steampunk form and function on display

Wednesday, November 17, 2010

Steampunk Form and Function on display in Massachusetts

An exposition of Steampunk Form and Function is currently ongoing at the Charles River Museum of Industry and Innovation, in Waltham, MA.  Their press release states…

Steampunk: Form and Function
An Exhibition of Innovation, Invention and Gadgetry 

At The Charles River Museum of Industry and Innovations new exhibit Steampunk, Form & Function, and an Exhibition of Innovation, Invention and Gadgetry sponsored by Steampuffin modern technology meets the Victorian era.

Inspired by the works of authors like Jules Verne and H.G Wells, and grown out of the world of science fiction, steampunk has become a cultural phenomenon like that of the punk rock movement of the 1980s or the goth movement of the 1990s.   Supporters of the movement describe steampunk as an alternate history where modern technology and Victorian life meet.  At its core steampunk asks the question, what would the world look like if modern technology were available, when steam was king, corsets were mandatory and man was learning to fly? Since its inception in the 1980s, the movement has infiltrated mainstream fashion, art, interior design, literature, technology and entrainment. Elements of the movement can be seen on the runway of Paris, in home design stores across the country, in Hollywood productions and on gamers screens. 

The Charles River Museum of Industry & Innovation is the first museum in the country to feature an exhibit solely dedicated to the steampunk movement. Steampunk, Form & Function offers an informational and interactive look into the world of steampunk and all that it encompasses including, fashion, literature, entertainment and much more.   On display visitors will find modern Victorian clocks, a spinning wheel that generates power, GPS and iPods devices with gears and gages, and a computerized carriage.  They can play a game of interactive pinball and use Victorian computer stations to discover the origins of this technological Victorian world.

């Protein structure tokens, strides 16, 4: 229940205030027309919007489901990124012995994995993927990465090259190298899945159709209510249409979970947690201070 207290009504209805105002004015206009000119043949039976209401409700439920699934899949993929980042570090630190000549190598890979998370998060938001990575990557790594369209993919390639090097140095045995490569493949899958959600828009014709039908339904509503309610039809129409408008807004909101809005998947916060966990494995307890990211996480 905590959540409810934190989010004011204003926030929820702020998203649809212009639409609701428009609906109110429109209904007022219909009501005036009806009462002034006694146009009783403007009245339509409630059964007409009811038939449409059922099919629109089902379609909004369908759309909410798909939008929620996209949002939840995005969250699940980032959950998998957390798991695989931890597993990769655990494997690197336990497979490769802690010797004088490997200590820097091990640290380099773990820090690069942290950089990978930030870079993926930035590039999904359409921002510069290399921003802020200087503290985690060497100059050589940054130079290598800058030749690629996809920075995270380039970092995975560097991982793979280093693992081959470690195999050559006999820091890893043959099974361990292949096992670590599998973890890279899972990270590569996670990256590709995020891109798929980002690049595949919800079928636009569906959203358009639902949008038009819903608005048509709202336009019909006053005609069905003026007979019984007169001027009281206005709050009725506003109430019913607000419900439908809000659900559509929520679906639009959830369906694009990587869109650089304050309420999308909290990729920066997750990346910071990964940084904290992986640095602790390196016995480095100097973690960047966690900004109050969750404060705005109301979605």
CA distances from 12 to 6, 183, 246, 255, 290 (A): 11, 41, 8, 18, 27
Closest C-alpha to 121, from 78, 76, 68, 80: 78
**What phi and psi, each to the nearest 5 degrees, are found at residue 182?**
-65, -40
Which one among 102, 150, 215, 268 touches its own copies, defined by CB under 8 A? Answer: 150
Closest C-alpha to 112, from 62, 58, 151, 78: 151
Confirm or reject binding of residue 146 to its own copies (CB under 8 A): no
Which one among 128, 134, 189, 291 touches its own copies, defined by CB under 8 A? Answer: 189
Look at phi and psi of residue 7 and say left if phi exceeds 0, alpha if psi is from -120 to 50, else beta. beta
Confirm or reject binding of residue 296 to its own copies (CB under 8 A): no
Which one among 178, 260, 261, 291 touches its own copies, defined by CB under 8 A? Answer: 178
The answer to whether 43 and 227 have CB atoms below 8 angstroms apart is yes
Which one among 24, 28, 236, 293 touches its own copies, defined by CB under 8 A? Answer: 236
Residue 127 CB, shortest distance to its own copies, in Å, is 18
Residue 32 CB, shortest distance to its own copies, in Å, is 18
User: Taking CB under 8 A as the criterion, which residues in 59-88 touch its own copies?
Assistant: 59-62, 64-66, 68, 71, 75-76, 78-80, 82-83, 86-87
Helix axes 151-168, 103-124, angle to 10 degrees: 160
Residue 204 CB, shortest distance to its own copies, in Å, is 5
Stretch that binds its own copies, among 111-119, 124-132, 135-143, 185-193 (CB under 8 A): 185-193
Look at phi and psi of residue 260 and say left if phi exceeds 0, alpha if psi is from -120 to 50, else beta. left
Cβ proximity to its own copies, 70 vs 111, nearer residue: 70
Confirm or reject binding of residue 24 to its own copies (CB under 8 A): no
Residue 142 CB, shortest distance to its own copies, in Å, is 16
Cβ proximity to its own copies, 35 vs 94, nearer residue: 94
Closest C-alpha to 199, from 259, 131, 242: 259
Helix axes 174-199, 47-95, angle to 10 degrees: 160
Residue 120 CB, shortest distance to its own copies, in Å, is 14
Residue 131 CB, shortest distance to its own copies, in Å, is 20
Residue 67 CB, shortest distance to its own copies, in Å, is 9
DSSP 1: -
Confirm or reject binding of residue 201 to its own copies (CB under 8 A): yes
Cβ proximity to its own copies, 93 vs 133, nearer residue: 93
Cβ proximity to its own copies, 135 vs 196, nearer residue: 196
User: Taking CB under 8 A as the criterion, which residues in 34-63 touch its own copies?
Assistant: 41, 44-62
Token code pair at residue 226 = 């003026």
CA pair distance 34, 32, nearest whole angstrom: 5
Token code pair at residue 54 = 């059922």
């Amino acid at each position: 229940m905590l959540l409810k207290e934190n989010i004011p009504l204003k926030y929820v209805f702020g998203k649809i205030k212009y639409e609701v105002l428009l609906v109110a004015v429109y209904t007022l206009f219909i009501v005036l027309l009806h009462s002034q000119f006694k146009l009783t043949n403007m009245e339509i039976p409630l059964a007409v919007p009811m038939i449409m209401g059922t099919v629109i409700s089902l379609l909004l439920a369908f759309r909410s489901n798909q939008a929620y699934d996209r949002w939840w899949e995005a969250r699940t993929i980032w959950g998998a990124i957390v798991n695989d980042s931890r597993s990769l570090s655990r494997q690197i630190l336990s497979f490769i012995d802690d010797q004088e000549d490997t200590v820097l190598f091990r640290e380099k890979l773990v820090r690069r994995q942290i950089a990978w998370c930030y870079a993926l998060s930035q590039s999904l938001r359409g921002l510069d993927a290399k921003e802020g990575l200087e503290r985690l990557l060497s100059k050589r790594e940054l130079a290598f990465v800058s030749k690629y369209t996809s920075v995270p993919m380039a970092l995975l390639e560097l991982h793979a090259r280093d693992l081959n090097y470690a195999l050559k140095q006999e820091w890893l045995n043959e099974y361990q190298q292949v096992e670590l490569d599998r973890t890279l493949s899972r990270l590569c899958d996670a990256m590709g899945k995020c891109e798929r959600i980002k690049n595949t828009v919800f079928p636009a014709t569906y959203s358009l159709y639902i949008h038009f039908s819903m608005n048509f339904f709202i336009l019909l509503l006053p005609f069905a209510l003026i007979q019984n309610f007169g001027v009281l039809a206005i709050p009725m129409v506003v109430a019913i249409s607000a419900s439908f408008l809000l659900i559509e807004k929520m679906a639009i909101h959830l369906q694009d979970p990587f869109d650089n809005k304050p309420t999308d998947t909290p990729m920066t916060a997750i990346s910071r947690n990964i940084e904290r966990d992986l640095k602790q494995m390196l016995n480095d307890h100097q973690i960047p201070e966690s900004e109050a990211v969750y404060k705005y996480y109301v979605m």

Encompassed in the exhibit are over thirty works of art from some of the world finest steampunk artists and amateurs.  The artwork was submitted earlier this fall to the Museums Steampuffin Steampunk and Design Completion sponsored by Steam puffin and ModVic home design each submission uses authentic Victorian Era antiques and incorporates modern technology into them to create a new functional steampunk work of art. Competition winners were announced at the exhibit opening reception on October 22, 2010.

Steampunk, Form & Function is open now through May 11th, 2011.  Admission is $5 for the general public and $3 for seniorsstudents; admission is free for children under six.   The Museum is located at 154 Moody Street in Waltham, MA 02453.  For more information visit or call 617 893 5410.

About the Museum: The Charles River Museum of Industry & Innovation is located on the scenic banks of the Charles River in the 19th century Boston Manufacturing Company textile mill complex, on the National Register of Historic Places as Americas first factory.  The historic site has exhibits that allow visitors to explore the inventions that powered America into the modern-age – steam engines, generators, timepieces, machine tools, bicycles, automobiles, and hundreds of other innovations.  The museum also offers a memorable backdrop for unique social or corporate events and functions.  For more information, please visit

Alas, I reside a bit south of the beautiful state of Massachusetts, but if one happens to be in the area, I’d certainly recommend a visit to what looks like a quite impressive Steampunk exhibition!  For more details, please visit their website, at:
A pair of reviews of the event are here, from the Boston Globe, and from the local periodical, the Waltham News Tribune.  A link to their site will be displayed on the Tribune’s sidebar for the duration of their display – for future reference!  



I am really hoping that "Steampunk, Form & Function is open now through May 11th, 2010." is a typo and you really mean 2011!


@ jg2 – A typo it is, thanks for the catch!